Help is a Phone Call Away #FOPLegal

90% of active NOPD officers are members of the Crescent City Lodge of the Fratetnal Order of Police. Crescent City Lodge members are also enrolled in the FOP Legal Defense Plan. The Legal Defense Plan provides its members with legal protection in criminal, administrative, and civil matters. Administrative matters are most common.

I was a member of the NOPD from 1993 to 2008. I graduated from law school in 2004. Also in 2004, the Crescent City Lodge was in a rebuilding phase which would lead to it becoming the largest representative organization for officers of the New Orleans Police Department. Being an officer, FOP member, and recent law school graduate, I was approached by Lt. Henry Dean, who was president at the time, and Sgt Jimmy Gallagher about the legal services offered to members. We discussed creating a position called Employee Representative which would be both an arm of the legal plan and a way to address other employment issues experienced by members that wouldn’t be part of the legal plan. The FOP was, and still is, dedicated to providing its members with the best possible legal defense benefit. In 2008, I began representing officers full time. That was nearly 10 years ago. All of that is to say that my experience with the NOPD, NOPD Policies and Procedures, Civil Service, appeals, and the FOP work to the advantage of Crescent City Lodge members.

The disciplinary system is part of the job that officers don’t interact with regularly. For that reason, it is beneficial to have a resource available to guide members through that process. The Legal Plan attorneys provide that service to our members.

Here are some basic guidelines;

  • Nothing is too unimportant to call.
  • We (the attorneys) are not too busy to talk to you about minor investigations.
  • You should call about negotiated settlements – you could still be eligible for the FOP’s salary reimbursement option.
  • Don’t resign.
  • If someone is talking to you about resigning because of an alleged disciplinary infraction, you should be represented. You should probably call if anyone is telling you to resign for any reason.
  • Once you resign, you lose any legal protection you may have had through Civil Service.
  • You should call if you did what you are accused of. You are eligible for the FOP’s salary reimbursement option only if you are represented by an FOP attorney during the course of the investigation (calling two months after you pick up the disciplinary letter is insufficient).
  • You should call even if you are being interviewed “just as a witness.” Witnesses can become accused officers too.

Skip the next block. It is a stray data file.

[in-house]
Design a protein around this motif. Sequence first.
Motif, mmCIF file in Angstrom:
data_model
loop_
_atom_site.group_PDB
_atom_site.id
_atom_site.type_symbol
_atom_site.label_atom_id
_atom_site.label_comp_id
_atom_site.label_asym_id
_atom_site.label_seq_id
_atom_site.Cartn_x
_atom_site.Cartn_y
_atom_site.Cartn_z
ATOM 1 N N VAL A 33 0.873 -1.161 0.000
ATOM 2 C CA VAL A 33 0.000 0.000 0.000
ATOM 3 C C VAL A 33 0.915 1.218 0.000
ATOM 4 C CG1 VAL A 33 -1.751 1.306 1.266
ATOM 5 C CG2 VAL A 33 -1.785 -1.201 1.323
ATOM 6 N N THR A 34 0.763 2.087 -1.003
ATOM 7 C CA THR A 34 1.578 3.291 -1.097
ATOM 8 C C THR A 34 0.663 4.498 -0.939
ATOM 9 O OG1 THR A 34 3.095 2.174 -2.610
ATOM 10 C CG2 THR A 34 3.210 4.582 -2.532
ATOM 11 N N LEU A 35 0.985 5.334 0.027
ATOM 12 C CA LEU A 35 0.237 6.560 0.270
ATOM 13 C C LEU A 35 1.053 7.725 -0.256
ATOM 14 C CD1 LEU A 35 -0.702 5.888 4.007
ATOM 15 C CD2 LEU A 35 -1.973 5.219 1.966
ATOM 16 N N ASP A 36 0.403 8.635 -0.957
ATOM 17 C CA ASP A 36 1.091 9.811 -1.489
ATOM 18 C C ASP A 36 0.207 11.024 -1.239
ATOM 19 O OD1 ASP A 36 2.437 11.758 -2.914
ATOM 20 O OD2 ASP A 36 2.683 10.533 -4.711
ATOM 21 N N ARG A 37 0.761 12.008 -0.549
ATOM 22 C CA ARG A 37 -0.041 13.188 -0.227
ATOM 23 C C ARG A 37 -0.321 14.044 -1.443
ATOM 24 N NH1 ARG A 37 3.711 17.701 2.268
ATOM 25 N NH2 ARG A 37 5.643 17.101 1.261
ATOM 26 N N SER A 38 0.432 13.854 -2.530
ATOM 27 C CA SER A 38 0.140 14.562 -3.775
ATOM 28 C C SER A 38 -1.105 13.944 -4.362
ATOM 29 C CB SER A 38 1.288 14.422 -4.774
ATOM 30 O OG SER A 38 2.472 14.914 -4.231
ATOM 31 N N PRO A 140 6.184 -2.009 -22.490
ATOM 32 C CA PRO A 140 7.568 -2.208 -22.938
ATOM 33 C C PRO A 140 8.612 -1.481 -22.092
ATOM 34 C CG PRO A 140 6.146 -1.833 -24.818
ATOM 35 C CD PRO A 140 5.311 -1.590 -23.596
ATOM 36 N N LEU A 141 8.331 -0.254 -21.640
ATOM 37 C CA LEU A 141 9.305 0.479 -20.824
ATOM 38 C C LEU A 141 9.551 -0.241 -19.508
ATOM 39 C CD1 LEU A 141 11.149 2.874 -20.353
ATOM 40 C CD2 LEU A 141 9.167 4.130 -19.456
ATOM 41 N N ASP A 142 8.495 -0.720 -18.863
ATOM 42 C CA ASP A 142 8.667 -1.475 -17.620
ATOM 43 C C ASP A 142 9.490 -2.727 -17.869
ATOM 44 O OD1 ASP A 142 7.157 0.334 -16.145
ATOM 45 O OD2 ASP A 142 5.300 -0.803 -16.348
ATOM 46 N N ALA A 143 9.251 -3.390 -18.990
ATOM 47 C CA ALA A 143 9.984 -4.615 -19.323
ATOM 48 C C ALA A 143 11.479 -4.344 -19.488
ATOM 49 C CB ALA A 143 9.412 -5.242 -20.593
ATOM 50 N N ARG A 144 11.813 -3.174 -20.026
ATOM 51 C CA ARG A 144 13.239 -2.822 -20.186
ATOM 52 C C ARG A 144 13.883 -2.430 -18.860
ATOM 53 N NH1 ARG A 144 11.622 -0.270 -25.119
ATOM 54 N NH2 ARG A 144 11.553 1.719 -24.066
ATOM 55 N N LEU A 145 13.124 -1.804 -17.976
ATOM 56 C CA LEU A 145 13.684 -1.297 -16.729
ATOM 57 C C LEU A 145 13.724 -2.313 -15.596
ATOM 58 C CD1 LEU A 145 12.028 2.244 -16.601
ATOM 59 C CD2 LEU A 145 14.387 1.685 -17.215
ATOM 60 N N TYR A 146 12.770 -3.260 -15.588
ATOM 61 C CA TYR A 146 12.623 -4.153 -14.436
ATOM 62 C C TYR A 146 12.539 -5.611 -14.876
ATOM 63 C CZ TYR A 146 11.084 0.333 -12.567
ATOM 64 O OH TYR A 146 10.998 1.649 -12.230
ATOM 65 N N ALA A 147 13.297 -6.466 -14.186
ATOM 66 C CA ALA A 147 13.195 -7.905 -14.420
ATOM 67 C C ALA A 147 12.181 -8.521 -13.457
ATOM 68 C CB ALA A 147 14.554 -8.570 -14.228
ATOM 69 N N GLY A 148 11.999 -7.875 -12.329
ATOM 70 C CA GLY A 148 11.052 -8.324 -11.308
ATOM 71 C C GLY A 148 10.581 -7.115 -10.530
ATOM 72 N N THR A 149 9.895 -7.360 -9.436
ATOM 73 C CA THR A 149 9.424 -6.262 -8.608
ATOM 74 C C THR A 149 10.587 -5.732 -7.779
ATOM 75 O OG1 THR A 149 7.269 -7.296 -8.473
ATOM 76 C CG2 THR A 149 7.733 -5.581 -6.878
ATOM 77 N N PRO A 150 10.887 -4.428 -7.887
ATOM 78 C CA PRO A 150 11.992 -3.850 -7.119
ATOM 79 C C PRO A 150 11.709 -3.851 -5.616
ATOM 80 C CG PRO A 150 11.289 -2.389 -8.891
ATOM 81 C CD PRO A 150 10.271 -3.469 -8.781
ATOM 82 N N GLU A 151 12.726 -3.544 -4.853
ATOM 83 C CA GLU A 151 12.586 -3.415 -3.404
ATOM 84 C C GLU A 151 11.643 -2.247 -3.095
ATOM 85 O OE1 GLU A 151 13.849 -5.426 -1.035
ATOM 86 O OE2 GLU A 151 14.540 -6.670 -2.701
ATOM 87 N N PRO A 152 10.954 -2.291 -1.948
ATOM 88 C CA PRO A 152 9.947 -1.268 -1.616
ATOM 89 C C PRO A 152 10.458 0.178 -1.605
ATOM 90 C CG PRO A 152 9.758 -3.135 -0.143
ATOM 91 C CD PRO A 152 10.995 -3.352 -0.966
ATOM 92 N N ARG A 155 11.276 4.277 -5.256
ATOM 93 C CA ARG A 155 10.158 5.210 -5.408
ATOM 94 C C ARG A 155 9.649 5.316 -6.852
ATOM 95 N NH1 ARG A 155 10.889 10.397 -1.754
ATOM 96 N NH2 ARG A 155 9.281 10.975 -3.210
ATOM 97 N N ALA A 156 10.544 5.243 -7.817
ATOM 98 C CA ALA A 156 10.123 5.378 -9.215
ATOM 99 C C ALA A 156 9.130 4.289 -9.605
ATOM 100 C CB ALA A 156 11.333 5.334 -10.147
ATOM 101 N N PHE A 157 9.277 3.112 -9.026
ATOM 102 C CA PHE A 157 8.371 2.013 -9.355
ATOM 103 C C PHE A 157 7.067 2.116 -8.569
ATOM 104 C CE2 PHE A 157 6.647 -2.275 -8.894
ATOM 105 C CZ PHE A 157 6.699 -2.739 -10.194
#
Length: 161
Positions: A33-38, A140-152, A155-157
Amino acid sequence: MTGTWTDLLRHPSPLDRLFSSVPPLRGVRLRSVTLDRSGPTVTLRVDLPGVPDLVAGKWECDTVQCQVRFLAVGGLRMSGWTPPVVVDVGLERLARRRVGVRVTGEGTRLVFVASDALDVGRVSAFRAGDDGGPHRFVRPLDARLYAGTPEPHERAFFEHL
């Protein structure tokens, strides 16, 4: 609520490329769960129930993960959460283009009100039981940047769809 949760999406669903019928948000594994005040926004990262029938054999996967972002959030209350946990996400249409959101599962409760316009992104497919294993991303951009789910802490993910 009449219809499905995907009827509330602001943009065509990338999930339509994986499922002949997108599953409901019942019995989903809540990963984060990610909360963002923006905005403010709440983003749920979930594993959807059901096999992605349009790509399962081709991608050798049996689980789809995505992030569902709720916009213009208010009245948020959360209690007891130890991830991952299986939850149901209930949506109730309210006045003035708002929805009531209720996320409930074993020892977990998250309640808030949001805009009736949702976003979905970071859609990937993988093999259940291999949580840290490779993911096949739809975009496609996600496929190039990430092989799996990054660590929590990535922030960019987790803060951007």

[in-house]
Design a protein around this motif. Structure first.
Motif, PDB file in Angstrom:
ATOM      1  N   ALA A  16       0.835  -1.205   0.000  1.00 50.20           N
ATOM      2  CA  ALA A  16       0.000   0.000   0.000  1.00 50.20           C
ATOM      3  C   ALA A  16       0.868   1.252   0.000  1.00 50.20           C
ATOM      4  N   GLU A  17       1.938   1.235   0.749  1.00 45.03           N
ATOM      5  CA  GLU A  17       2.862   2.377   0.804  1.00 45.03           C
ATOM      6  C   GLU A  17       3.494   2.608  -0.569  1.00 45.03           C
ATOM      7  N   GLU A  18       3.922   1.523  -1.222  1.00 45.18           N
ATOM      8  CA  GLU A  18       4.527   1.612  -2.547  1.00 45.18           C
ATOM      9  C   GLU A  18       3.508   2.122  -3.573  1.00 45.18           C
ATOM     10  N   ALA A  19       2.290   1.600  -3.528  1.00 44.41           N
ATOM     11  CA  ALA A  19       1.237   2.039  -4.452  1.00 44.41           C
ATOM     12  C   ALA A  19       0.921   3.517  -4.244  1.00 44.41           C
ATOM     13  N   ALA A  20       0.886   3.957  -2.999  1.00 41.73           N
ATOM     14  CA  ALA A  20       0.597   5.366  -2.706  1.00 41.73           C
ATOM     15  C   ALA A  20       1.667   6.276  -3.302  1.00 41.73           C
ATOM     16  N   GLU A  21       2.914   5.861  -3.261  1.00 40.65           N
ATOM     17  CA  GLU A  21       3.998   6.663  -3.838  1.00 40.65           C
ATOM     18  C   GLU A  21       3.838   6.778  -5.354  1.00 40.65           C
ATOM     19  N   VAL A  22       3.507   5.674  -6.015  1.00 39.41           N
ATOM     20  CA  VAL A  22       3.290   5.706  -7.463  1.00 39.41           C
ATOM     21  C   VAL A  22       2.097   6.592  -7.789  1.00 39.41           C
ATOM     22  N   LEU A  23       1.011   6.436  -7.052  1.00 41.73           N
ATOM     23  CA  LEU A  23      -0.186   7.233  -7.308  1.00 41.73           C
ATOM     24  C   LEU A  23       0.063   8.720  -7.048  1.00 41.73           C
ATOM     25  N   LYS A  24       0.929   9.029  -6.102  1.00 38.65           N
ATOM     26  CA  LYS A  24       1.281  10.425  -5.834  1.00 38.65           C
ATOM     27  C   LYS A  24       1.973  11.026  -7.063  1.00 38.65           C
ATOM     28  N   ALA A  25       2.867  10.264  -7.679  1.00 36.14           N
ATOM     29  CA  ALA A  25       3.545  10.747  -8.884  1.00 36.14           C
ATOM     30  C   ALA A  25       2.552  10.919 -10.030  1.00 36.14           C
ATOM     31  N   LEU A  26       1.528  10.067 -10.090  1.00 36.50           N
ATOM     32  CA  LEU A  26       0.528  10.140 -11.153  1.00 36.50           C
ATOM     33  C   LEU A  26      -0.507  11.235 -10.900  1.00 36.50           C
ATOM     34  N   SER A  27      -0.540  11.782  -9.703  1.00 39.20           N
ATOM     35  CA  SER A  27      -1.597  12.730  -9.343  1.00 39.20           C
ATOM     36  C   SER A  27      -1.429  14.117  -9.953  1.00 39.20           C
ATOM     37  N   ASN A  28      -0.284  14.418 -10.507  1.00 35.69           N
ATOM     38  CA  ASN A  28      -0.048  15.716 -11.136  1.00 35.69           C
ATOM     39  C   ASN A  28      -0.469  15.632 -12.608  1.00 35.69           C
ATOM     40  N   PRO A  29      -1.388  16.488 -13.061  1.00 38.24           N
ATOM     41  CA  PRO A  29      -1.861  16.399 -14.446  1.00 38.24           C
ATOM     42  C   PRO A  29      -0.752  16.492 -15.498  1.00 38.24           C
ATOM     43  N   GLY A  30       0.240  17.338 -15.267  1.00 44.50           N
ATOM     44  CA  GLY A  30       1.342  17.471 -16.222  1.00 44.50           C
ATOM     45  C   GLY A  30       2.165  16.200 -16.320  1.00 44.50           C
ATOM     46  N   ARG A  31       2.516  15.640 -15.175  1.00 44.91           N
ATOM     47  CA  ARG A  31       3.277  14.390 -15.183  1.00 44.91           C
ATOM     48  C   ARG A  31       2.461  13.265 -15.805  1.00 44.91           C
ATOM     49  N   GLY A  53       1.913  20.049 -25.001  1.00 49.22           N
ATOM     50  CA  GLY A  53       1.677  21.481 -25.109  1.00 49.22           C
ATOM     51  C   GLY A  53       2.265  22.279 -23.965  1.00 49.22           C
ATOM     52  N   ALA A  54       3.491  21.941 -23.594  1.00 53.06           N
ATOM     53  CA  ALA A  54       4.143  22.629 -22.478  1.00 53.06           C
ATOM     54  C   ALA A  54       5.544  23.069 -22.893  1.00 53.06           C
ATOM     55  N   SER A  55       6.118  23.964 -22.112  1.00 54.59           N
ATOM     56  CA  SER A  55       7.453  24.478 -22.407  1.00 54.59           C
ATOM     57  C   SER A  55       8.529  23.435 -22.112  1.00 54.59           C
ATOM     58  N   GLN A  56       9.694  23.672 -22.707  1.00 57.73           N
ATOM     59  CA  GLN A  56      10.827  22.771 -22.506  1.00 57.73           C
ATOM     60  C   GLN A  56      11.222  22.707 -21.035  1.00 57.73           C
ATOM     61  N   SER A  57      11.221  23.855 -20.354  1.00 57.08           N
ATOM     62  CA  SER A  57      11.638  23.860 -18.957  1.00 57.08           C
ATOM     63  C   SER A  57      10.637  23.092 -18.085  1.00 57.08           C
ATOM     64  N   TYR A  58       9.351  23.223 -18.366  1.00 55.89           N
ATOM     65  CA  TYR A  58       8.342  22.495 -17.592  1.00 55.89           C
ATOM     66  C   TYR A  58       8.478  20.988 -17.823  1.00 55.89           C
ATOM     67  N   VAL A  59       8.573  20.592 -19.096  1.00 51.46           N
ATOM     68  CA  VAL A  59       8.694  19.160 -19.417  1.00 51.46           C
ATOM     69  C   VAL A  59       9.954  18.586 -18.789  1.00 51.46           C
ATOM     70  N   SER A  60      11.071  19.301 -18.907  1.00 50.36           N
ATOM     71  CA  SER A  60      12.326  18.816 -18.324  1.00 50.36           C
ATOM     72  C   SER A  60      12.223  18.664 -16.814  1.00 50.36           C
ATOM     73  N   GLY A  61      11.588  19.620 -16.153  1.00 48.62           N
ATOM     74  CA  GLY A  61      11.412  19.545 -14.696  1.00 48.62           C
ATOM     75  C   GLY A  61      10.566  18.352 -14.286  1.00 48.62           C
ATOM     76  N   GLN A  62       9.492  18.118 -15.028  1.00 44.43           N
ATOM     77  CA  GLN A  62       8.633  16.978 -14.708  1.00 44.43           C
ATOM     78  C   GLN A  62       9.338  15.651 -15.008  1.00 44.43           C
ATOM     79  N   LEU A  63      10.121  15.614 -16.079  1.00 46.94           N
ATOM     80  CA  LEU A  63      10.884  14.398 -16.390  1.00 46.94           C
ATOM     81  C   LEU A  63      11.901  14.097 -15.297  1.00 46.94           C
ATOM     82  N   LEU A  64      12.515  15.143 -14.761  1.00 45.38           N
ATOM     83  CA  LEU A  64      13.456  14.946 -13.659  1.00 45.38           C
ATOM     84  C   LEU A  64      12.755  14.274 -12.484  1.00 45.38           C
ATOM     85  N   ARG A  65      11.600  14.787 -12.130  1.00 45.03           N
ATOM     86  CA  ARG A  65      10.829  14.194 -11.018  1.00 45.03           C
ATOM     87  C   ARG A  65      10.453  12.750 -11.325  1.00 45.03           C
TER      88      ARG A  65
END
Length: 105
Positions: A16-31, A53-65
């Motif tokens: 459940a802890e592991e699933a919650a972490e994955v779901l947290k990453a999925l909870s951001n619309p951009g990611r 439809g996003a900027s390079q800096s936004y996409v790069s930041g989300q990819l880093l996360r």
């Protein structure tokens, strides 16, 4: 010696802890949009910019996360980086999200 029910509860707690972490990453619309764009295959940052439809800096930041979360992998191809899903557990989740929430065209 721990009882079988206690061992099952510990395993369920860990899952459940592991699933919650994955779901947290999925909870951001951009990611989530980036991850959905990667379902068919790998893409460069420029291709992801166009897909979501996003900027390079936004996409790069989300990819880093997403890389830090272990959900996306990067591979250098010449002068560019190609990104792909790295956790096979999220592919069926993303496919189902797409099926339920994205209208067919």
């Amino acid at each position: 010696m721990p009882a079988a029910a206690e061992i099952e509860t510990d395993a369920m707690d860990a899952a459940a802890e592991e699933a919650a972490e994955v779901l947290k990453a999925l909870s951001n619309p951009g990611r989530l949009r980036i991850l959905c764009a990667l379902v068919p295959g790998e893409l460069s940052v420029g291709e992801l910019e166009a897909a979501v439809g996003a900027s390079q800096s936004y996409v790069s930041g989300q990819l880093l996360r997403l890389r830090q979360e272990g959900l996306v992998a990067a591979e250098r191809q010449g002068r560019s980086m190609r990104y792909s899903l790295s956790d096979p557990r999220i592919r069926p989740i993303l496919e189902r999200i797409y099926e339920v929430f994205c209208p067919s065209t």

• You should call if you get an email from Civil Service about the Department’s request for an extension of time.
  • You should call if you have any questions about when you should call.

The FOP Legal Defense Plan is designed to provide FOP members with the best possible representation when you need it. However, we don’t know you need it until you call. Also, calling after you have resigned does not leave you with any real, viable options.


2017 in Review

At the beginning of the year, I like to review and compare the prior year’s activity with other years. In addition, since there have been so many new hires at NOPD, it always helps to give some context to the system that most officers don’t come into contact with often enough to be familiar with.

The FOP continues to provide the best legal assistance for law enforcement officers through its Legal Defense Plan. The Legal Defense Plan offers its members legal representation for any administrative disciplinary proceeding, civil defense resulting from on-the-job actions, and criminal allegations. There is no judgment involved. If a member requests legal services, they get it.

There is no situation which is too big or too small. The Legal Plan is set up to be able to handle situations that garner national attention. At the same time, we recognize how much law enforcement officers value their service record and we treat the most minor of circumstances with the same attention.

It is most beneficial to everyone when an officer who finds themselves involved in any way in one of the covered types of events contacts us as early as possible. I got a call from someone recently who had resigned under pressure to do so and felt like it shouldn’t have gone that way. I can’t argue with that – I don’t think anyone should be pressured into resigning without at least having the opportunity to meet with counsel. However, this person didn’t call until after he had resigned. As much as I would have loved to be able to help, the act of resigning eliminates almost every avenue of redress. So, call early and stay in touch.

My brother-in-Law, Corey Lloyd, was admitted to the Louisiana Bar in 2017. He had been helping me with Civil Service appeals while he was in law school. Since he is now a certified member of the Bar, he is now available to assist in situations which call for more than one attorney or when calendar conflicts prevent me from being somewhere. It is always nice to have another attorney committed to helping FOP members. He has also been helping FOP members with Family Law issues. The FOP offers a $400 (4 hrs at $100/hr) benefit per year to each member for Family Law issues.


In 2017, I represented 410 individual officers in one capacity of another. That is up a little from 2016’s 398 officers. For those 410 officers, I appeared with FOP members at:

  • 103 disciplinary hearings (up from 83 in 2016)
  • 251 Statements (up from 228 in 2016)